I feel there needs to be some balance to the comments regarding the Salmon-Challis National Forest travel plan as well the revision of the forest plan. I have not been negatively impacted by the travel plan and believe it represents all recreational users very well. On the other hand I have been denied access to private property multiple times during hunting season. Custer County is very fortunate to have abundant public lands which we all use all the time for recreation, hunting, fishing, firewood gathering and events like the River of No Return endurance run. If you think otherwise then go live somewhere that lacks public land and you’ll see what I mean.

In reference to the so called “let it burn” policy I’d like to remind folks that the majority of fires are suppressed on the Salmon-Challis National Forest. The vast majority of wildfires are controlled when they are small and do not become large incidents. This is not an easy task in difficult terrain with all the factors we have to create large fire. I don’t think this needs an explanation. Take a walk in the mountains and think about how receptive our fuels are to burning when lighting strikes. The concept of a fuel break does not always offer positive results. They have been used often on this forest with mixed results. When a firebrand is lofted miles ahead of the fire front a break offers little deterrence to spread.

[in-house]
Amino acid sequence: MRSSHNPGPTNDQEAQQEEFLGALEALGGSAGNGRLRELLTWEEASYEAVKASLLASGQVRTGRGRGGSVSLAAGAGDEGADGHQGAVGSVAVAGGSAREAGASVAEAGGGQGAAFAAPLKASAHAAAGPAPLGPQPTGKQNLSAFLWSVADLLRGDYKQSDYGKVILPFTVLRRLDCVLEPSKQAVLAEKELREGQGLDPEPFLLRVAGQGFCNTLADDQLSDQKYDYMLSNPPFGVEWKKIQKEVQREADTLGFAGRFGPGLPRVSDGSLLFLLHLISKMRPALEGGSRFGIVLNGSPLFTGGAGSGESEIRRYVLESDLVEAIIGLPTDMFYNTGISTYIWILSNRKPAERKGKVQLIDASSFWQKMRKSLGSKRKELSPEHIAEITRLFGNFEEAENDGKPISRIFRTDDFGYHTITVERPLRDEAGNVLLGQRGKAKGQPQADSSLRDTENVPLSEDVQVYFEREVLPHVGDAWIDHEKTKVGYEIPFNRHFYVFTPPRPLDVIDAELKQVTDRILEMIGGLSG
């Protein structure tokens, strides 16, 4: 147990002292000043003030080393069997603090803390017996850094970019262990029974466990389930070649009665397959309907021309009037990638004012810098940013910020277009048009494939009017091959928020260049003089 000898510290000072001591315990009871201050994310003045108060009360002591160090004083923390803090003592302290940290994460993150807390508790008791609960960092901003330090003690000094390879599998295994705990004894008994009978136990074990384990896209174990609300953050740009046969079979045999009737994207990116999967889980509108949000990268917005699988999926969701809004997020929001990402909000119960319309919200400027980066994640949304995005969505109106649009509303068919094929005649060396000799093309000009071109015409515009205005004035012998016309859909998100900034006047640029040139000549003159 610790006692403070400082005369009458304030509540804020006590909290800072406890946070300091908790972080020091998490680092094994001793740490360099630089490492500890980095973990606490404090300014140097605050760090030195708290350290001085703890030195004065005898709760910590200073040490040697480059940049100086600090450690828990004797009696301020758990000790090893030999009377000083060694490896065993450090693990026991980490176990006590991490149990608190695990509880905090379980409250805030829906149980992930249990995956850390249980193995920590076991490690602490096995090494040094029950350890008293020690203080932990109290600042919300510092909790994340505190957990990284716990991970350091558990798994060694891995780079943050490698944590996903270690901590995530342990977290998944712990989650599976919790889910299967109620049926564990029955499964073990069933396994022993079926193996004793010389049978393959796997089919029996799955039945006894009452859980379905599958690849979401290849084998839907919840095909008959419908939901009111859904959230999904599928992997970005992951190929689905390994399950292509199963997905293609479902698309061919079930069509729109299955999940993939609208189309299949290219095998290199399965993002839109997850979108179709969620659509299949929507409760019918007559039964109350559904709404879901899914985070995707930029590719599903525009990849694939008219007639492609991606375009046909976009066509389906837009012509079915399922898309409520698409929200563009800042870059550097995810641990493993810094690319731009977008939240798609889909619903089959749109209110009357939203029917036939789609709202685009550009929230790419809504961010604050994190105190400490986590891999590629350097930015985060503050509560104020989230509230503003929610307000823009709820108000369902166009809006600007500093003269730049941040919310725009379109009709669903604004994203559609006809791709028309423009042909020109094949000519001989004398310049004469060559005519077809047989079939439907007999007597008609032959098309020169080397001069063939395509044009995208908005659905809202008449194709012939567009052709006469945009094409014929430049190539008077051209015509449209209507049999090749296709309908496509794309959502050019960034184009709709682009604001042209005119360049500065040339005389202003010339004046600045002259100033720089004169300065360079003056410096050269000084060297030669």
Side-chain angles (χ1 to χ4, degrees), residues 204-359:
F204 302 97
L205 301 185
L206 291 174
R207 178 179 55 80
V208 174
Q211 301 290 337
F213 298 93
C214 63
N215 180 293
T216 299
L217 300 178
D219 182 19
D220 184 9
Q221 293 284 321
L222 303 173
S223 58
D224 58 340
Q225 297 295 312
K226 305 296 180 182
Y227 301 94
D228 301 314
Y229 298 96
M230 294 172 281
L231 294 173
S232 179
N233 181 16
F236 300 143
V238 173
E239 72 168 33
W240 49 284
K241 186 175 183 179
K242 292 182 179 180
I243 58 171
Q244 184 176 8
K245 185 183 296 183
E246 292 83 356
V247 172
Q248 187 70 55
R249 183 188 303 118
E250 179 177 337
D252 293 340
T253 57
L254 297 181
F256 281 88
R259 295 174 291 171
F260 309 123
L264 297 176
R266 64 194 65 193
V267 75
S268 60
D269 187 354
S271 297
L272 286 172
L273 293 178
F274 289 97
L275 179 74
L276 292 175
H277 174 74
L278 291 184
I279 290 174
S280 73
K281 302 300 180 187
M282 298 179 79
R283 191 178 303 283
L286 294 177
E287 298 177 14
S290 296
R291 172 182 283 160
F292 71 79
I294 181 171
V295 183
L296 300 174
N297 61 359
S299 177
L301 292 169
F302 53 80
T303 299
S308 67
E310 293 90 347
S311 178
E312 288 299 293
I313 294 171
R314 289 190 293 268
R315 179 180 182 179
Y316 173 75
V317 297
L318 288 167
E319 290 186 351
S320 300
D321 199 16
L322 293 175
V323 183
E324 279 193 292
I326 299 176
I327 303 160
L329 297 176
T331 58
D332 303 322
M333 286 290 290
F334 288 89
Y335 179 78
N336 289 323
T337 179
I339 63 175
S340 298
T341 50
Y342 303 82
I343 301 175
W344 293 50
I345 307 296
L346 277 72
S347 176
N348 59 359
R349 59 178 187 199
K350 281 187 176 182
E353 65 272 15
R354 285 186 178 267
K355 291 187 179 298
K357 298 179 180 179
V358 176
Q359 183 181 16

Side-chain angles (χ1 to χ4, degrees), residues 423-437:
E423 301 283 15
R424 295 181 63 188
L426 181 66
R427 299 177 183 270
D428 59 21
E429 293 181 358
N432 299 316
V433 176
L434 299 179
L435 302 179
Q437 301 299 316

Take some time and visit an area that has burned and educate yourselves on the positive aspects fire offers. There is a reason hunters search out recently burned areas to hunt. The dense forests offer little food for wildlife. The new browse in burned areas provides an ample food source. I’d suggest you walk up the West Fork of the Yankee Fork which burned during the Potato Fire in 2006. The antelope bitterbrush, willow, aspen, and new lodgepole pine are thriving. The bleak picture painted by some is as though the forest is changed forever. This is simply not true and wildfires will continue long after we’ve all moved on.

Bill Blount


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